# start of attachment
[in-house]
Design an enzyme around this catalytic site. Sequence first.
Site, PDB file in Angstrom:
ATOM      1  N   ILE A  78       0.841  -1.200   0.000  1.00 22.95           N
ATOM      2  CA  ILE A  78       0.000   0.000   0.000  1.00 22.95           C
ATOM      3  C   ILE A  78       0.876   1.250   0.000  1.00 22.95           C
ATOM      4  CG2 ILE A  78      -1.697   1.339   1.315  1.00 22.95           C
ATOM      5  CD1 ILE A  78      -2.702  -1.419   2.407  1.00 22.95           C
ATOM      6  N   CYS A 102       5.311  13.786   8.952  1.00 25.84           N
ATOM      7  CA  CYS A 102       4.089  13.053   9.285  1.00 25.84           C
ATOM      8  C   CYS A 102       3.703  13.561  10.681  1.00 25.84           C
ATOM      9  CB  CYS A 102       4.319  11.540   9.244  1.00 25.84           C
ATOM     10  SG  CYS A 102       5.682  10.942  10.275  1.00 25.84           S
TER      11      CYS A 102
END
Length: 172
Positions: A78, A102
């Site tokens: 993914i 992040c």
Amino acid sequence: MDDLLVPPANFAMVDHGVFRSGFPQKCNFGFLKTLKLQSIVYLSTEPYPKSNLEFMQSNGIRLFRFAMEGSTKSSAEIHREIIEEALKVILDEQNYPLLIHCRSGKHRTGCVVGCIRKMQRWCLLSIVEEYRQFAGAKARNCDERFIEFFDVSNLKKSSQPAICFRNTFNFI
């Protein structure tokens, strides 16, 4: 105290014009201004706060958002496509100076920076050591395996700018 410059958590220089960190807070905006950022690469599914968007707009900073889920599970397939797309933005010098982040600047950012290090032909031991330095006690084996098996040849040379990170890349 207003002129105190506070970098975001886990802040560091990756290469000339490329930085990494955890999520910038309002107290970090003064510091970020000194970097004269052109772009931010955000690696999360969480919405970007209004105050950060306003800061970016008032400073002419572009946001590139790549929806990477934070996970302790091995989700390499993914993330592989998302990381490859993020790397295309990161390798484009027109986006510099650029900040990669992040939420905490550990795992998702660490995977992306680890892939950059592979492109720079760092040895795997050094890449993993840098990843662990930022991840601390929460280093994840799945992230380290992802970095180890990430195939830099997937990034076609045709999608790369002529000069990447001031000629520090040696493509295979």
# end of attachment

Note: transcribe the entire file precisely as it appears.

[in-house]
Design an enzyme around this catalytic site. Sequence first.
Site, PDB file in Angstrom:
ATOM      1  N   ILE A  78       0.841  -1.200   0.000  1.00 22.95           N
ATOM      2  CA  ILE A  78       0.000   0.000   0.000  1.00 22.95           C
ATOM      3  C   ILE A  78       0.876   1.250   0.000  1.00 22.95           C
ATOM      4  CG2 ILE A  78      -1.697   1.339   1.315  1.00 22.95           C
ATOM      5  CD1 ILE A  78      -2.702  -1.419   2.407  1.00 22.95           C
ATOM      6  N   CYS A 102       5.311  13.786   8.952  1.00 25.84           N
ATOM      7  CA  CYS A 102       4.089  13.053   9.285  1.00 25.84           C
ATOM      8  C   CYS A 102       3.703  13.561  10.681  1.00 25.84           C
ATOM      9  CB  CYS A 102       4.319  11.540   9.244  1.00 25.84           C
ATOM     10  SG  CYS A 102       5.682  10.942  10.275  1.00 25.84           S
TER      11      CYS A 102
END
Length: 172
Positions: A78, A102
């Site tokens: 993914i 992040c």
Amino acid sequence: MDDLLVPPANFAMVDHGVFRSGFPQKCNFGFLKTLKLQSIVYLSTEPYPKSNLEFMQSNGIRLFRFAMEGSTKSSAEIHREIIEEALKVILDEQNYPLLIHCRSGKHRTGCVVGCIRKMQRWCLLSIVEEYRQFAGAKARNCDERFIEFFDVSNLKKSSQPAICFRNTFNFI
């Protein structure tokens, strides 16, 4: 105290014009201004706060958002496509100076920076050591395996700018 410059958590220089960190807070905006950022690469599914968007707009900073889920599970397939797309933005010098982040600047950012290090032909031991330095006690084996098996040849040379990170890349 207003002129105190506070970098975001886990802040560091990756290469000339490329930085990494955890999520910038309002107290970090003064510091970020000194970097004269052109772009931010955000690696999360969480919405970007209004105050950060306003800061970016008032400073002419572009946001590139790549929806990477934070996970302790091995989700390499993914993330592989998302990381490859993020790397295309990161390798484009027109986006510099650029900040990669992040939420905490550990795992998702660490995977992306680890892939950059592979492109720079760092040895795997050094890449993993840098990843662990930022991840601390929460280093994840799945992230380290992802970095180890990430195939830099997937990034076609045709999608790369002529000069990447001031000629520090040696493509295979």